From staff reports
By the time he reached 30 years of age, 1920s aviation pioneer Carl Ben Eielson, a Hatton native, had achieved national hero status.
North Dakota native and Arctic aviation pioneer Carl Ben Eielson continues to be honored through the efforts of people in his hometown of Hatton, about 40 minutes southwest of Grand Forks.
The Hatton-Eielson Museum Association has transformed the original Eielson home in Hatton into a Heritage Center, showcasing objects pertinent to Carl Ben Eielson’s remarkable – and tragically short – career as a famous pilot of the 1920s.
Carl Ben Eielson was born in Hatton, and lived from 1897 to 1929. The Eielson family was large, and their father was a successful merchant. Carl Ben stepped aside from his studies at the University of North Dakota to join the U.S. Army as World War I unfolded. He learned to fly in 1917, as part of his U.S. Army Air Service enlistment, and got further pilot training in the U.S. Army Signal Corps.
The Great War ended before Eielson was sent into combat, and he returned to North Dakota, completing his teaching degree at the University of North Dakota. By then a skilled pilot, he was part of a group that formed a Hatton flying club. He enrolled in law school at Georgetown University, Washington, D.C., but left there, moving to Alaska to teach school, and to fly. Eielson became a commercial pilot, traversing Alaska, delivering air mail across vast frozen expanses.
Eielson then began arctic region aviation adventures with George Wilkins, an Australian polar explorer. Most notably, in 1928, Eielson and Wilkins flew across the Arctic Ocean, in the first flight ever over the North Pole, from Alaska to Norway. In the U.S., Carl Ben Eielson was crowned a national hero, for this maiden “Top Of The World” flight. He and Wilkins also conducted an aviation expedition to the Antarctic/South Pole region in 1928. In 1929, Eielson received that year’s national Harmon Trophy, awarded to the country’s outstanding aviator.
Carl Ben Eielson and mechanic Earl Borland perished in a crash of their plane, in November 1929. They were attempting to rescue personnel and goods from a vessel trapped in the Bering Sea, off Alaska.
Eielson’s remains were recovered and returned by national mourning train from Seattle, Wash., to Hatton, where 10,000 people attended his funeral on March 27, 1930.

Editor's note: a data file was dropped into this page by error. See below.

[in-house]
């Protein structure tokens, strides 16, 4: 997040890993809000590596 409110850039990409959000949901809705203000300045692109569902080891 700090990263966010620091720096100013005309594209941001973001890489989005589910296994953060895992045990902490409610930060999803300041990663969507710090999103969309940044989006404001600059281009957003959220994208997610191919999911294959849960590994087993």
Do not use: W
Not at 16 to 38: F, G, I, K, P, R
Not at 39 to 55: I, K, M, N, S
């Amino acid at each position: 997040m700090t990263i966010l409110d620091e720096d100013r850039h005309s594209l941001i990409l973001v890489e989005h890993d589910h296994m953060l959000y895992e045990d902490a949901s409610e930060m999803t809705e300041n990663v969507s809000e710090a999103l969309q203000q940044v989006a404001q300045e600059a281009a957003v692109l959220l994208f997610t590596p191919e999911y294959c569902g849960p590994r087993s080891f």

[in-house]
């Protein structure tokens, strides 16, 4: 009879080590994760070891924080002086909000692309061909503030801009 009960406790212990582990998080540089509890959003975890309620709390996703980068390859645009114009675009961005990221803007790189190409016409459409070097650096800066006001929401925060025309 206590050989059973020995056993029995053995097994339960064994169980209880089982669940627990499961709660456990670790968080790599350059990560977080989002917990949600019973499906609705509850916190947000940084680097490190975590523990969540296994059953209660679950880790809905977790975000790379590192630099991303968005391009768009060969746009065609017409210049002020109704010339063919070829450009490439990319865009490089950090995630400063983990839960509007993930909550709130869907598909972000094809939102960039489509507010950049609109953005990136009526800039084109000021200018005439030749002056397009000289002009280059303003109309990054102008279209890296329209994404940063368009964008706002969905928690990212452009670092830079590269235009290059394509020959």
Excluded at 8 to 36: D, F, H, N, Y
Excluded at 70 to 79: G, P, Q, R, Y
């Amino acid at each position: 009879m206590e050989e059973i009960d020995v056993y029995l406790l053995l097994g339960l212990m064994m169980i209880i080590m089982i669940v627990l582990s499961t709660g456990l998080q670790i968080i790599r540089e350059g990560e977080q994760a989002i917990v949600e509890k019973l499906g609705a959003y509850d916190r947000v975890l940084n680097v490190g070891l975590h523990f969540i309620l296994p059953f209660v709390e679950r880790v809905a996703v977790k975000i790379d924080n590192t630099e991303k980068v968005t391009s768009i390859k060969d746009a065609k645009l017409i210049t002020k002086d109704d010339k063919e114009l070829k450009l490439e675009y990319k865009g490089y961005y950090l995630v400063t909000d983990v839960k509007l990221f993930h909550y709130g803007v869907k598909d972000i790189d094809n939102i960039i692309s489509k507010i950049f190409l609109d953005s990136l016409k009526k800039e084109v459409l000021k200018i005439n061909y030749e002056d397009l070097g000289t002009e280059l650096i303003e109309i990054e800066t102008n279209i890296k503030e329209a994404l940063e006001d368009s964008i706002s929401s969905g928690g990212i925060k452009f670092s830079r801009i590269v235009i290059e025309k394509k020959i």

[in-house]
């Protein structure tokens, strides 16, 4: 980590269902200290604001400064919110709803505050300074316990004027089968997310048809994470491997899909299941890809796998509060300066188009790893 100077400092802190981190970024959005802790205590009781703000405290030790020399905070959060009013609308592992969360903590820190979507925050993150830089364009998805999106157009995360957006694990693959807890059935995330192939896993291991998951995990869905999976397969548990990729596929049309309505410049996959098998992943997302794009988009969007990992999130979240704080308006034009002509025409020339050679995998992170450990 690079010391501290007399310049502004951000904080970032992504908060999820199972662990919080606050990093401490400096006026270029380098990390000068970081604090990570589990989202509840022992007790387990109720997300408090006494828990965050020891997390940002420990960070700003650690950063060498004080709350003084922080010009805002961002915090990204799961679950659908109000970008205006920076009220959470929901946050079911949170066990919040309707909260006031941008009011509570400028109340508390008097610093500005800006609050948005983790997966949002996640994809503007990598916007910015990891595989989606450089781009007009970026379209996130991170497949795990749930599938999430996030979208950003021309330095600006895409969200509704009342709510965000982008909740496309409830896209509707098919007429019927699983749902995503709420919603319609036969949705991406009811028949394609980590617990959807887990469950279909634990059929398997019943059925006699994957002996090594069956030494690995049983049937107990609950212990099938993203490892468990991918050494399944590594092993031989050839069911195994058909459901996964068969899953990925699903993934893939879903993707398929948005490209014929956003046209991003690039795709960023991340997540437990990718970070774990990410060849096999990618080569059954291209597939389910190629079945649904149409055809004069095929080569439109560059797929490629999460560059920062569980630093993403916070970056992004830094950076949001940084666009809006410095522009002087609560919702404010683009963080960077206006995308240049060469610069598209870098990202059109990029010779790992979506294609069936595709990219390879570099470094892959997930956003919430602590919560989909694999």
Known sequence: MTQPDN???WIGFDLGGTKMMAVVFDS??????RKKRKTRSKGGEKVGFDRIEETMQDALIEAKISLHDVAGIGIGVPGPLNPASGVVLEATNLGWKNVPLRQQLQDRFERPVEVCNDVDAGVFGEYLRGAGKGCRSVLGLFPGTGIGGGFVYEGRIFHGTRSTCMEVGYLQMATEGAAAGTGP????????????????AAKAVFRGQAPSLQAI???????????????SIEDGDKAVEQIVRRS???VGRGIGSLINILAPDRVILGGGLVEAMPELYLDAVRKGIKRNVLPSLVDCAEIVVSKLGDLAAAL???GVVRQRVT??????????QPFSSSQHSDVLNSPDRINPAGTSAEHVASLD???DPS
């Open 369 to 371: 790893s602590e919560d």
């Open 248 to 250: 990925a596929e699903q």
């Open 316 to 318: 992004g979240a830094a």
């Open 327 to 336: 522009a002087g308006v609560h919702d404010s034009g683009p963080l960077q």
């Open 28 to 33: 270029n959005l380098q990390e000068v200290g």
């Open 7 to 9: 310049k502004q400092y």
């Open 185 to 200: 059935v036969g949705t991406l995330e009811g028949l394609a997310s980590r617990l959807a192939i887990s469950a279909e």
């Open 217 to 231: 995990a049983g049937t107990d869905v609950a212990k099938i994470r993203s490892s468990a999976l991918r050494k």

“It is important for us to keep his story alive, for people to know what he accomplished, the time period he lived in and what was going on in the country and in the world,” Joy Vaagene says. Vaagene and other Hatton residents currently serve on the board of directors of the Hatton-Eielson Museum Association.
Vaagene says the Eielson family was known for hard work, educational achievement, business success and community contributions. She says Carl Ben’s aviation achievements grew from these roots. “I don’t think he had a vision for what he could do – I think opportunities came to him, and when he learned to fly, it opened up a whole new world for him. And he knew what this could mean for the world,” she says.
Carl Ben Eielson was inducted into the North Dakota Roughrider Hall of Fame in 1997.
The Hatton home which houses the Heritage Center is a Queen Anne Victorian, built in 1900. The association honored the family request that the main floor be preserved as their residential quarters appeared. The upper floors are used to display historic items, from Carl Ben’s aviation career, and includes items about the pioneer history of Hatton and the area. The fuselage of a plane Carl Ben flew – a Fokker F.VIIa, with 400 horsepower in a 12-cylinder engine – is on display in Eielson Hangar, a repurposed historic Hatton commercial building. The plane display is a loan from the North Dakota State Historical Society.
The Hatton-Eielson Heritage Center is open Sunday afternoons, from Memorial Day to Labor Day. Vaagene stresses the center is also open, by appointment, year-round. All an interested group needs to do to gain access to the Heritage Center is call a day or more in advance, to make a visit appointment.
See: www.hattonmuseum.com; phone: 701-430-0593.